Sorghum (Sorghum bicolor (L.) Moench) and pearl millet (Pennisetum glaucum (L.) R.Br) are indigenous crops to the African continent. Apart from maize, rice and wheat, these crops are basic staple foods for many rural communities in Africa. The growth and production of these grains can be negatively affected by plant diseases caused by diverse fungal genera. The ability of Fusarium species to produce mycotoxins, including fumonisins (FUM) and moniliformin (MON), that have detrimental health effects for both humans and animals make it important to evaluate their toxin production in crops that are intended for human consumption. Fusarium species occur naturally in maize, sorghum and millet, among other grains. Potentially toxigenic species isolated from grain samples from Nigeria harboured high FUM and MON producing strains. This was confirmed by molecular identification and by chemoprofiling in in vitro grain cultures. Mycotoxin levels of Fusarium species grown on maize patty cultures were compared to levels produced on sorghum and millet patty cultures. FUM and MON profiles of 18 Fusarium proliferatum and two other Fusarium control strains, ie high producers of either one of these toxins, were analyzed. FUM (fumonisin B1, B2 and B3) were extracted with methanol/water and MON with acetonitrile/water. The mycotoxin extracts were cleaned up using strong anion exchange solid phase extraction prior to quantification by reversed-phase HPLC. Results indicated that under conducive conditions, all the strains tested produced FUM, some in relatively large quantities (11/18), ranging from 694-17421 mg/kg culture material. For 8/18 strains the MON levels were >500 mg/kg and up to 8892 mg/kg culture material. Although there are variations in the potential or ability of F. proliferatum isolates to produce either FUM or MON, these fungi can use several grains as a source for toxin production irrespective of their original hosts. This study gives insight into the potential and ability of Fusarium species, isolated from maize, sorghum and millet, to produce mycotoxins on several grain sources, which may have a marked influence on food safety and security, and the potential health risk they hold for many rural communities in Africa.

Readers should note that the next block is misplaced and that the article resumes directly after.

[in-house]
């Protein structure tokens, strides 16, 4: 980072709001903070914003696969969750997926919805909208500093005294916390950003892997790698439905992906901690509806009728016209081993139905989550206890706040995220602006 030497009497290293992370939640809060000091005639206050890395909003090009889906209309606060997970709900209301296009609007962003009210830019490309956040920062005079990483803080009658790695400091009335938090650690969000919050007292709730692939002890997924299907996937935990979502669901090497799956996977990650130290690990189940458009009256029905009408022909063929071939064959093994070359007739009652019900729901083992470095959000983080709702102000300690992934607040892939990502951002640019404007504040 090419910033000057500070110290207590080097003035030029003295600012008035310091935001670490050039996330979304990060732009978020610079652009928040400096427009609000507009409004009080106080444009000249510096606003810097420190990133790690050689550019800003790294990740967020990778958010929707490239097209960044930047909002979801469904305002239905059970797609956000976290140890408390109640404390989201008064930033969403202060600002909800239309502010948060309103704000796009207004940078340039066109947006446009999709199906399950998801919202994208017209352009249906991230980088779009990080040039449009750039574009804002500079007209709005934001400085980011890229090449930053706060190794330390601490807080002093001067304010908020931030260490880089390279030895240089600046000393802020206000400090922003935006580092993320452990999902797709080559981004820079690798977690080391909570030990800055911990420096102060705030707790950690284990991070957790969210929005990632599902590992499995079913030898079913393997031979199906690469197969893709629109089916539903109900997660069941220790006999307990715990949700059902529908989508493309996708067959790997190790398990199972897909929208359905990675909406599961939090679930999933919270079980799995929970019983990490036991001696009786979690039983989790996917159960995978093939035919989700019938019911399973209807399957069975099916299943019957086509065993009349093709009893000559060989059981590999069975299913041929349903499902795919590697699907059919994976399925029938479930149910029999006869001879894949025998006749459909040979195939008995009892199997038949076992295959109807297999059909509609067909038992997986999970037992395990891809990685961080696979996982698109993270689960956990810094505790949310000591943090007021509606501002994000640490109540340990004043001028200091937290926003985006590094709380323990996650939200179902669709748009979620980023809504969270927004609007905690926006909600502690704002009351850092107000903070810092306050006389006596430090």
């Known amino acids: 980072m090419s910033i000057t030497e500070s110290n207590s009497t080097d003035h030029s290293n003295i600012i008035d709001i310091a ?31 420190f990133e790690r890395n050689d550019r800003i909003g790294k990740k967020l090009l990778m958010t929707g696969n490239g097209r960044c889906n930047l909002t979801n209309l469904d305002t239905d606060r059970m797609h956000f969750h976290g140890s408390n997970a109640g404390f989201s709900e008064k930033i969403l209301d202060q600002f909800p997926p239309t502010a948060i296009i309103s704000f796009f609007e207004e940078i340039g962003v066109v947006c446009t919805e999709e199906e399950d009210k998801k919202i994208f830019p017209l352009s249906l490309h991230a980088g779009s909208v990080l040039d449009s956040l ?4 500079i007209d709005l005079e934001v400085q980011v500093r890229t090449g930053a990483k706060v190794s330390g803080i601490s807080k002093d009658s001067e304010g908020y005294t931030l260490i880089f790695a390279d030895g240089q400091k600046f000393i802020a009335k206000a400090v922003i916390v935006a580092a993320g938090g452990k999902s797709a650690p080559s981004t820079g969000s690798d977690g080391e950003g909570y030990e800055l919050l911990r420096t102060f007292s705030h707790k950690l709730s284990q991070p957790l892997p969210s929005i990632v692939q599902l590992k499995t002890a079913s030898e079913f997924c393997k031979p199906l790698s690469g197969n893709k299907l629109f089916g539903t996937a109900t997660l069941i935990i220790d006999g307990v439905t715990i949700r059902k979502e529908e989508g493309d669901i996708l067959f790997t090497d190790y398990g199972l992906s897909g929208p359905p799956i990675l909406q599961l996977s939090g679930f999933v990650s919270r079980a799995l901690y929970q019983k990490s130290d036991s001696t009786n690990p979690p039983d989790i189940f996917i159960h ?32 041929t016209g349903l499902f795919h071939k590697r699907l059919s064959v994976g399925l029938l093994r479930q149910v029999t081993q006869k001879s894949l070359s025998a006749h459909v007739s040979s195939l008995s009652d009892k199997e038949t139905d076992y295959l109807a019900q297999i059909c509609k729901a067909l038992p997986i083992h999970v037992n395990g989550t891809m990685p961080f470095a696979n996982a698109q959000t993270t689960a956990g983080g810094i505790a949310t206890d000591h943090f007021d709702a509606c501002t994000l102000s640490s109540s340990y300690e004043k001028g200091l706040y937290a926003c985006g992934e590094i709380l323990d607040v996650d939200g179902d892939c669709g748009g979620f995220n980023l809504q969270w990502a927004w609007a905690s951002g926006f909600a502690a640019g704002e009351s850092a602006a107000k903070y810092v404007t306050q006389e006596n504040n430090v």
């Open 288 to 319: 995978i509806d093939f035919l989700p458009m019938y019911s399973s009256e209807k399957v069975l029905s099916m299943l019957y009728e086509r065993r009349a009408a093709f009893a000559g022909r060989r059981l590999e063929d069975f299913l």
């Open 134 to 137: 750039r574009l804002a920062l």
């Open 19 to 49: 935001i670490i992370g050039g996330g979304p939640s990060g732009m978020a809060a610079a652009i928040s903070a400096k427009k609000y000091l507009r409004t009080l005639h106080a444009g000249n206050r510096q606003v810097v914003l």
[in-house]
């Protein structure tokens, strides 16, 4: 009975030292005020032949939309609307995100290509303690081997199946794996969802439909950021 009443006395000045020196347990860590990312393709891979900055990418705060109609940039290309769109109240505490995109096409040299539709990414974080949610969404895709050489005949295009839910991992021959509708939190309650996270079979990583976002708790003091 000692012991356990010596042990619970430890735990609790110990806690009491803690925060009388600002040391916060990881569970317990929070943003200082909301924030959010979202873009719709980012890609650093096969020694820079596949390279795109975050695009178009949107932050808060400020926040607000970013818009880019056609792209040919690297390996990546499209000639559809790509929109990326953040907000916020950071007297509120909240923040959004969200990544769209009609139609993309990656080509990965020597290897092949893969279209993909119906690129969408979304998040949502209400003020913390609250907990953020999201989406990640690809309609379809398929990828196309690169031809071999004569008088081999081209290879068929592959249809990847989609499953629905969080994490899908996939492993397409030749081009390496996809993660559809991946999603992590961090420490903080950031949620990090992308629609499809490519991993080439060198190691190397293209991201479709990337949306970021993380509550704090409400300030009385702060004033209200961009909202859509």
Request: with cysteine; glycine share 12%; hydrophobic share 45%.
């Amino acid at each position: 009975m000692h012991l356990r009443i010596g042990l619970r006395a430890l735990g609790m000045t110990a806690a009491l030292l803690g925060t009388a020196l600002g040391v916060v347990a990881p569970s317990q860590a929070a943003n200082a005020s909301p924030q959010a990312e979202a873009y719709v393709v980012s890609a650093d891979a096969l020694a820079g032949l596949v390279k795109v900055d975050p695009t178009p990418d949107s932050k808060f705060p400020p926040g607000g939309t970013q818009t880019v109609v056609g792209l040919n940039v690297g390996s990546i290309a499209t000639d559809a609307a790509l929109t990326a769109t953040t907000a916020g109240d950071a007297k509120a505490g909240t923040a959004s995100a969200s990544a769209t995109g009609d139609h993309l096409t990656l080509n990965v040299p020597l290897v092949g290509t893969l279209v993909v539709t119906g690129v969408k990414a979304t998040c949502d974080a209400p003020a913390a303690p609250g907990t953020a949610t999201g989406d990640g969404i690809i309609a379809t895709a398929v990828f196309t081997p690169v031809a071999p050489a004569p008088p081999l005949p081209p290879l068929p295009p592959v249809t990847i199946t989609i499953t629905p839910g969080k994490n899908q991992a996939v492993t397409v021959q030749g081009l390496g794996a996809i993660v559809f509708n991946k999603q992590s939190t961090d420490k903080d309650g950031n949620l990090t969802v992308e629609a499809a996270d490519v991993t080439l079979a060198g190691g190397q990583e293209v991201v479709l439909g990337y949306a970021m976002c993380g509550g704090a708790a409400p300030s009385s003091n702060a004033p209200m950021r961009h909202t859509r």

Vismer HF, Shephard GS, Imrie G, Van der Westhuizen L, Volkwyn Y, Mngqawa P


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  • Received: 08 May 2012
  • Accepted: 08 May 2012
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